Is Your Formerly Nursing Baby Refusing to Breastfeed?

Strategies for Overcoming a Strike

Keep time at the breast happy. Avoid turning the breast into a battleground. If your baby fights your attempts to breastfeed, feed another way and spend lots of happy cuddle time at the breast. When your baby is near the breast, talk, laugh, play, and look into his eyes. Make time there emotionally rewarding, and make any feeding time away from the breast emotionally neutral. Hold your sleeping baby against your breast during naptimes to help shorten the strike.

Spend time touching and in skin-to-skin contact. When not feeding, hold baby with his bare torso against your skin, and stay that way as much as possible. This is soothing to both of you, and the hormones released make baby more open to breastfeeding. If needed, throw a blanket over both of you. Take a bath with your baby, and use a sling or baby carrier to keep him close.

Offer the breast while baby is drowsy or in a light sleep. Many babies accept the breast again for the first time while asleep or in a relaxed, sleepy state. Try breastfeeding while baby naps. Use feeding positions baby likes best and experiment. To make the most of your baby’s natural feeding reflexes, start in a semi-reclined position with baby tummy down on your body. Lean back, and allow baby to take naps on your breast.

Trigger immediate milk flowPump before offering your breast to give baby milk he doesn’t have to work for. Or first try hand-expressing a little milk onto baby’s lips. If baby goes to the breast but won’t stay there, ask a helper to drip expressed milk on the breast or in the corner of baby’s mouth with a spoon. Swallowing your milk will trigger suckling, which triggers swallowing. If baby comes off the breast, offer more expressed milk and try again.

Try breast shaping and breastfeeding in motion. Shaping the breast so that it’s easier to latch may help baby take the breast deeper and trigger active suckling. Keep in mind that some babies accept the breast only while being walked or rocked, so if baby is not responding to semi-reclined positions, it may be time to get moving.

Try breastfeeding when baby’s not ravenous. To feed well, baby needs to feel calm and relaxed rather than hungry and stressed. If baby’s agitated, calm him first. Some babies will take the breast more easily if they are not very hungry, so try feeding a little milk first, using whatever feeding method is working for you. Start with one-third to one-half of his usual feeding, just to take the edge off his hunger before offering the breast.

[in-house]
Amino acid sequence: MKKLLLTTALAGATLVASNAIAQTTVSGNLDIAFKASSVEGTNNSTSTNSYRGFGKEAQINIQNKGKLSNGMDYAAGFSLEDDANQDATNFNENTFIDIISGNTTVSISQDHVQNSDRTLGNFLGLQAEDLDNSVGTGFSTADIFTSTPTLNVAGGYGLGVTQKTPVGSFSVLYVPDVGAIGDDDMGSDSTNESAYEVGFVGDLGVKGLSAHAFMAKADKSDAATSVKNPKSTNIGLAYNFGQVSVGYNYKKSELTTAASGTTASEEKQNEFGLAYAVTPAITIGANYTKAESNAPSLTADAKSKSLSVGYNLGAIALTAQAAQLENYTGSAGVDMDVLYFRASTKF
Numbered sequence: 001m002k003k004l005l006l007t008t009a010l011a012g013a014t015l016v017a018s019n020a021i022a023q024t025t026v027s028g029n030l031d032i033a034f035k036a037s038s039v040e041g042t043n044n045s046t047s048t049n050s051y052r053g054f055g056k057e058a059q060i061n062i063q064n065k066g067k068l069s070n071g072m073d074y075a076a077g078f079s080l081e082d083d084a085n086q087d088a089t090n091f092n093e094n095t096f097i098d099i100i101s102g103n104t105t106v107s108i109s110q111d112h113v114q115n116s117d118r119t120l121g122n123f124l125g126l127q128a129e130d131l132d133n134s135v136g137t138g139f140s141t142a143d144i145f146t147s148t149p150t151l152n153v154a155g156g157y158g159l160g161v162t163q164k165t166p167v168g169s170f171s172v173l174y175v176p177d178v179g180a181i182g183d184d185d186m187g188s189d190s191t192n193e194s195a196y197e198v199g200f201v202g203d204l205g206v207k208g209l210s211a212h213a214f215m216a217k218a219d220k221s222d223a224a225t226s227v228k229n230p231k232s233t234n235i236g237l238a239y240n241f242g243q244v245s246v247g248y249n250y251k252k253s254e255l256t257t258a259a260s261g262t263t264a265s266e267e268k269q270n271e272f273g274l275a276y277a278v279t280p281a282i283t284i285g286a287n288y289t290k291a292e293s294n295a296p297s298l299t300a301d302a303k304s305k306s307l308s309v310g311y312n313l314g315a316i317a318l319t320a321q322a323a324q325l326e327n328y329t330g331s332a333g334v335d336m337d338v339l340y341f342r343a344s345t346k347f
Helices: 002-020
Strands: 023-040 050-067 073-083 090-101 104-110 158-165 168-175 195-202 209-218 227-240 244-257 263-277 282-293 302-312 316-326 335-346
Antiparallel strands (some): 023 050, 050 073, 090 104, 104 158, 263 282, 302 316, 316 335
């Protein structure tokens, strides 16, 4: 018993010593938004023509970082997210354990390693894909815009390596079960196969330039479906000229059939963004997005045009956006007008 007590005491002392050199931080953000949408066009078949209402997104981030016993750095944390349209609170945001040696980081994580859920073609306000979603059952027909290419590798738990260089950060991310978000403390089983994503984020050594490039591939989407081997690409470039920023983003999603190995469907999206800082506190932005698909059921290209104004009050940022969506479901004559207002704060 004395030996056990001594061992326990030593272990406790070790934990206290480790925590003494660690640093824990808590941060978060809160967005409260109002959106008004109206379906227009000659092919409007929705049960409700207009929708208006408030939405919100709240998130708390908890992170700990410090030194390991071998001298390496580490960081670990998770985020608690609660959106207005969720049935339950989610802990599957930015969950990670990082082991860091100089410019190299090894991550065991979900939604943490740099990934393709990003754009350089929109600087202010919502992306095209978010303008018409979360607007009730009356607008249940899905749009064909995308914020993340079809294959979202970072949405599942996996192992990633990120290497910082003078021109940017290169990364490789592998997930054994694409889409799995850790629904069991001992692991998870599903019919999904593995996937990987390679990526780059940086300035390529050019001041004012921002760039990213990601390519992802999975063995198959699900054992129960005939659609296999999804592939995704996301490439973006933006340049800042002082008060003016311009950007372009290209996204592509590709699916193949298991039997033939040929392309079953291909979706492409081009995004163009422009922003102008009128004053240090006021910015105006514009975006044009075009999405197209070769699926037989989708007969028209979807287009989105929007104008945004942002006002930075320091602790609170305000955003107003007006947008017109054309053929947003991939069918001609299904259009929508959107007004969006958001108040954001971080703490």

Make the most of times that breastfeeding is going well. When baby takes the breast, breastfeed as long as he will suckle. Offer the breast again soon, rather than waiting until he is very hungry.

If your baby takes a bottle but not the breast, try a bait-and-switch. Start by bottle-feeding in a breastfeeding position and, while baby is actively sucking and swallowing, pull out the bottle nipple and insert yours. Some babies will just keep suckling.

Use breastfeeding tools. With the guidance of a lactation professional, the following devices may help you turn the corner:

  • Silicone nipple shield. In some cases, nipple shields can help a baby transition back to the breast, especially if the strike occurred after a period of heavy bottle and pacifier use.
  • At-breast supplementer. These devices provide milk at the breast through a thin tube that attaches to a container. If slow milk flow is an issue, it may help. If not, it may not be a good choice.

If these strategies don’t work, it’s time to get skilled breastfeeding help. Find someone in your area.  Your technique may need a simple tweak or you may need some breastfeeding tools or help with how to use them.

Breastfeeding is the biological norm, so nearly all breastfeeding struggles have a solution. It’s just a matter of finding it. Even if settled breastfeeding seems impossible now, with time, patience, and skilled help you can make breastfeeding work again.


Originally published HERE.

Nancy Mohrbacher, IBCLC, FILCA lives in Chicago and is a board-certified lactation consultant who has been helping breastfeeding families since 1982. Her resources for parents include the books Breastfeeding Made Simple (with Kathleen Kendall-Tackett), Working and Breastfeeding Made Simple, her tiny troubleshooting guide Breastfeeding Solutions, and its companion Breastfeeding Solutions app, which is available in the App Store and Google Play. Her YouTube channel has more than one million views, and make sure to follow Nancy on Facebook too. 

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